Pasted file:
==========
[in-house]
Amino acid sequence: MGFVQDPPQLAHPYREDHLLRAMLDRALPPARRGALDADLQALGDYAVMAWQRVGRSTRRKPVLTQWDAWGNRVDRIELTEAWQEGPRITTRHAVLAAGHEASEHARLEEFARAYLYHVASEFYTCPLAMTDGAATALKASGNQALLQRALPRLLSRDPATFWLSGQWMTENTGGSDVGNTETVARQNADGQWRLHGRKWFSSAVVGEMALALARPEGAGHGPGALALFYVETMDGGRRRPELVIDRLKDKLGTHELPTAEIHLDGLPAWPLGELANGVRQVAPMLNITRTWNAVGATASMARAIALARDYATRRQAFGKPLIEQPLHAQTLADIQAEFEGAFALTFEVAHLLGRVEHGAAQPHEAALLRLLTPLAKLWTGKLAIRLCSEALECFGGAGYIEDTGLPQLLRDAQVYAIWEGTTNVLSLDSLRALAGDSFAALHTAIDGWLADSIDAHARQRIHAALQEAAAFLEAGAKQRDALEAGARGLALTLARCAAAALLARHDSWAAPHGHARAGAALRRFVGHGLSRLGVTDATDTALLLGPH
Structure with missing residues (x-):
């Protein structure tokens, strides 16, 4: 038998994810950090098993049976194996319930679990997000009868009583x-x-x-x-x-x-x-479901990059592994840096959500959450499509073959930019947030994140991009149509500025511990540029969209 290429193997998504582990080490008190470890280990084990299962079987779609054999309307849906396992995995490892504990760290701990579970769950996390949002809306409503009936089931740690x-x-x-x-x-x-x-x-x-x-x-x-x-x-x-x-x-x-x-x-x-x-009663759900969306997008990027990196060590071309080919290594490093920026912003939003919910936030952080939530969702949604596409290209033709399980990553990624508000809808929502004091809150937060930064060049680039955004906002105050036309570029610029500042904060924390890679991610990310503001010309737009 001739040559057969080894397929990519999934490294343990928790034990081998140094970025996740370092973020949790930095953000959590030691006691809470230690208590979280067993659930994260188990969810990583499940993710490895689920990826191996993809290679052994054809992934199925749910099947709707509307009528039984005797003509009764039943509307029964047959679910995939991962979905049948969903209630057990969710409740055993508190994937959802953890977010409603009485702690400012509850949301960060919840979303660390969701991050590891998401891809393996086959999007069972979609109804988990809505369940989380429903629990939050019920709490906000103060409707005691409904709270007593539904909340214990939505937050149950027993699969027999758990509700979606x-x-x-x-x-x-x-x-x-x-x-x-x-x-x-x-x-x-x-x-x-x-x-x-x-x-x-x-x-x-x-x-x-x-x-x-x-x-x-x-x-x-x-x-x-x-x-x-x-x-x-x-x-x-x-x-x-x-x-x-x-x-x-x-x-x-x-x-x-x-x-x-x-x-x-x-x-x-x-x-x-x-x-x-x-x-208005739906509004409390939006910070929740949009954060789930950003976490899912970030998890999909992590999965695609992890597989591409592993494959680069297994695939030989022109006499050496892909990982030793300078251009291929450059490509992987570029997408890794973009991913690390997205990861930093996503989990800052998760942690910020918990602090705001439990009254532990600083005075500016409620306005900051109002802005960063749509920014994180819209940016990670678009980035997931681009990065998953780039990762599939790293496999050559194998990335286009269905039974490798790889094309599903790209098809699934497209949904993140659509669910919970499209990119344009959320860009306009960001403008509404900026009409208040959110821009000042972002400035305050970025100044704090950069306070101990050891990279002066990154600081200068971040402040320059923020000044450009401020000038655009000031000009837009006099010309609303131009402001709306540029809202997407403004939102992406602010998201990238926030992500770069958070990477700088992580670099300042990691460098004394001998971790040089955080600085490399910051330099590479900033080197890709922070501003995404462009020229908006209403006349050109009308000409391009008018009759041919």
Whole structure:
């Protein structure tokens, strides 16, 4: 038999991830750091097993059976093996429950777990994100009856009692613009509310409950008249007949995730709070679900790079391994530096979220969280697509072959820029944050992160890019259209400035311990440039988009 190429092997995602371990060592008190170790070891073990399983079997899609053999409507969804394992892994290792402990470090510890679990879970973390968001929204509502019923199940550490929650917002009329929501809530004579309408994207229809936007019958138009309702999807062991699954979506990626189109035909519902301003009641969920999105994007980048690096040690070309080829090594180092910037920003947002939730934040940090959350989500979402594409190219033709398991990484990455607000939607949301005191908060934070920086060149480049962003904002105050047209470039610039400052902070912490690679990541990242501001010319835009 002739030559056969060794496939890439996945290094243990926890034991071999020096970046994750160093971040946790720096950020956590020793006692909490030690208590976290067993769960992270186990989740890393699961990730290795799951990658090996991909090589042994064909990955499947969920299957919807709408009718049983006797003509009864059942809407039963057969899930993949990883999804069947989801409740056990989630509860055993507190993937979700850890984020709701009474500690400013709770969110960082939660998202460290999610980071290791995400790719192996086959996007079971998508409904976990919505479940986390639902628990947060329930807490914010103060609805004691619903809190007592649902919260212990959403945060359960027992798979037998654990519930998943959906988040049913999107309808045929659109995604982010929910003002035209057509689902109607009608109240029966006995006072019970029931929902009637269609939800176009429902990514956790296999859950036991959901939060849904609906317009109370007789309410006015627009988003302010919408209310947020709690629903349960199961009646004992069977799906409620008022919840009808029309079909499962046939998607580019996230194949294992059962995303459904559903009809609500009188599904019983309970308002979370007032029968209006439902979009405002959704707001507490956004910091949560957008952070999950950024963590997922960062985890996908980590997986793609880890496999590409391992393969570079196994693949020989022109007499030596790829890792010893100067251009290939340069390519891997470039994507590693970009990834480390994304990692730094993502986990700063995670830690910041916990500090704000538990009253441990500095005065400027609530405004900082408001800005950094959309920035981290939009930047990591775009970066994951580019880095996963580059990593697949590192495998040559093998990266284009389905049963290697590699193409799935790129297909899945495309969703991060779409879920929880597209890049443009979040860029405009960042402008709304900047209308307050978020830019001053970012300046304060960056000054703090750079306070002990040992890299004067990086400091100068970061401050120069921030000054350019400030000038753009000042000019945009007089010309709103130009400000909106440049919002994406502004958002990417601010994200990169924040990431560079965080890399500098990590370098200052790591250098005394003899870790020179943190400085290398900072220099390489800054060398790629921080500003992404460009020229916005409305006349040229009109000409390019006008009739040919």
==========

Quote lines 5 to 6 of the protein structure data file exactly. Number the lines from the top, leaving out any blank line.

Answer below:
Whole structure:
């Protein structure tokens, strides 16, 4: 038999991830750091097993059976093996429950777990994100009856009692613009509310409950008249007949995730709070679900790079391994530096979220969280697509072959820029944050992160890019259209400035311990440039988009 190429092997995602371990060592008190170790070891073990399983079997899609053999409507969804394992892994290792402990470090510890679990879970973390968001929204509502019923199940550490929650917002009329929501809530004579309408994207229809936007019958138009309702999807062991699954979506990626189109035909519902301003009641969920999105994007980048690096040690070309080829090594180092910037920003947002939730934040940090959350989500979402594409190219033709398991990484990455607000939607949301005191908060934070920086060149480049962003904002105050047209470039610039400052902070912490690679990541990242501001010319835009 002739030559056969060794496939890439996945290094243990926890034991071999020096970046994750160093971040946790720096950020956590020793006692909490030690208590976290067993769960992270186990989740890393699961990730290795799951990658090996991909090589042994064909990955499947969920299957919807709408009718049983006797003509009864059942809407039963057969899930993949990883999804069947989801409740056990989630509860055993507190993937979700850890984020709701009474500690400013709770969110960082939660998202460290999610980071290791995400790719192996086959996007079971998508409904976990919505479940986390639902628990947060329930807490914010103060609805004691619903809190007592649902919260212990959403945060359960027992798979037998654990519930998943959906988040049913999107309808045929659109995604982010929910003002035209057509689902109607009608109240029966006995006072019970029931929902009637269609939800176009429902990514956790296999859950036991959901939060849904609906317009109370007789309410006015627009988003302010919408209310947020709690629903349960199961009646004992069977799906409620008022919840009808029309079909499962046939998607580019996230194949294992059962995303459904559903009809609500009188599904019983309970308002979370007032029968209006439902979009405002959704707001507490956004910091949560957008952070999950950024963590997922960062985890996908980590997986793609880890496999590409391992393969570079196994693949020989022109007499030596790829890792010893100067251009290939340069390519891997470039994507590693970009990834480390994304990692730094993502986990700063995670830690910041916990500090704000538990009253441990500095005065400027609530405004900082408001800005950094959309920035981290939009930047990591775009970066994951580019880095996963580059990593697949590192495998040559093998990266284009389905049963290697590699193409799935790129297909899945495309969703991060779409879920929880597209890049443009979040860029405009960042402008709304900047209308307050978020830019001053970012300046304060960056000054703090750079306070002990040992890299004067990086400091100068970061401050120069921030000054350019400030000038753009000042000019945009007089010309709103130009400000909106440049919002994406502004958002990417601010994200990169924040990431560079965080890399500098990590370098200052790591250098005394003899870790020179943190400085290398900072220099390489800054060398790629921080500003992404460009020229916005409305006349040229009109000409390019006008009739040919």